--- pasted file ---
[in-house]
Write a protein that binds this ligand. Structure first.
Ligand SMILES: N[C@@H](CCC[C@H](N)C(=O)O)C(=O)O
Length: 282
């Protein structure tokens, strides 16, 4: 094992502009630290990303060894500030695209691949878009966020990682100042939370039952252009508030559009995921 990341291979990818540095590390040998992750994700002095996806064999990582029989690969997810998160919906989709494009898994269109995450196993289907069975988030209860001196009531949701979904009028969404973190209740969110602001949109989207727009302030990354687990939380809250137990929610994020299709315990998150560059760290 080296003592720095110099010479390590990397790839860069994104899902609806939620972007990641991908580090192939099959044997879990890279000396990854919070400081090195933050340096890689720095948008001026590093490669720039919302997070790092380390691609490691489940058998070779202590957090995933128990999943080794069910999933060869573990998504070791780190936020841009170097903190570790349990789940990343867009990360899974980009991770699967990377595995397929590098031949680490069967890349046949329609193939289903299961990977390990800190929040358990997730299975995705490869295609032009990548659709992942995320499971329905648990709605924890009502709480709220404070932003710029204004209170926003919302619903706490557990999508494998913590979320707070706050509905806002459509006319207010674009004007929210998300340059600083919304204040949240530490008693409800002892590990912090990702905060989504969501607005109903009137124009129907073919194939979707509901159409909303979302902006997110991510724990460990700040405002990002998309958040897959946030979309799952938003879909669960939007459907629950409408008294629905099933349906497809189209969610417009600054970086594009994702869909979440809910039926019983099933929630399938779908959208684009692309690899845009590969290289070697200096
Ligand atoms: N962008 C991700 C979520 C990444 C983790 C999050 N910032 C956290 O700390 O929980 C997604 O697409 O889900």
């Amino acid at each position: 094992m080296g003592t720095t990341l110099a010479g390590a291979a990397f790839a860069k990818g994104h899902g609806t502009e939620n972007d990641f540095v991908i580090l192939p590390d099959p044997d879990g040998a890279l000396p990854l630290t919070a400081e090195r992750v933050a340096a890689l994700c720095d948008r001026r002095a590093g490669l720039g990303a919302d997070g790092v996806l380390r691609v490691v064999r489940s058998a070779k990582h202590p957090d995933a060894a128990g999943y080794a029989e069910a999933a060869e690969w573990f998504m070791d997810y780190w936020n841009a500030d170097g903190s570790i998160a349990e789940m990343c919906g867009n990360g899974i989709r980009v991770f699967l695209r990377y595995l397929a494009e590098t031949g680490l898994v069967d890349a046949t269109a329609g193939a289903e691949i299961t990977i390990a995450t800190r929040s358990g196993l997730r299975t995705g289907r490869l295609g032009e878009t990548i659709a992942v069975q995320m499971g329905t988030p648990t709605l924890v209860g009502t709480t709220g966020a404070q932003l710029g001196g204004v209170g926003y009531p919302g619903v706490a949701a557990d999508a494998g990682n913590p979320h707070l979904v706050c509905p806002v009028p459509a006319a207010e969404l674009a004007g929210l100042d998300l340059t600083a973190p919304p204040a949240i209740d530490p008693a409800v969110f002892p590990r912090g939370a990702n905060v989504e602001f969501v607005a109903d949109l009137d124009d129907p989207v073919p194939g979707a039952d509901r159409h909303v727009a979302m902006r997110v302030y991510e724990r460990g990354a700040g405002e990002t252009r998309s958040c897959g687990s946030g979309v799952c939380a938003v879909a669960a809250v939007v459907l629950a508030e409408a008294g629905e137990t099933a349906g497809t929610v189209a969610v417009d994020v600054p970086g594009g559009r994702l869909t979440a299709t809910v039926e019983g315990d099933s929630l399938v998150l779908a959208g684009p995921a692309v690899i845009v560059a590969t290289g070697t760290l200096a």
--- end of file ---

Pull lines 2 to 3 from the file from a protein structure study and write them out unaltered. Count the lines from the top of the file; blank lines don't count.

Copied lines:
Write a protein that binds this ligand. Structure first.
Ligand SMILES: N[C@@H](CCC[C@H](N)C(=O)O)C(=O)O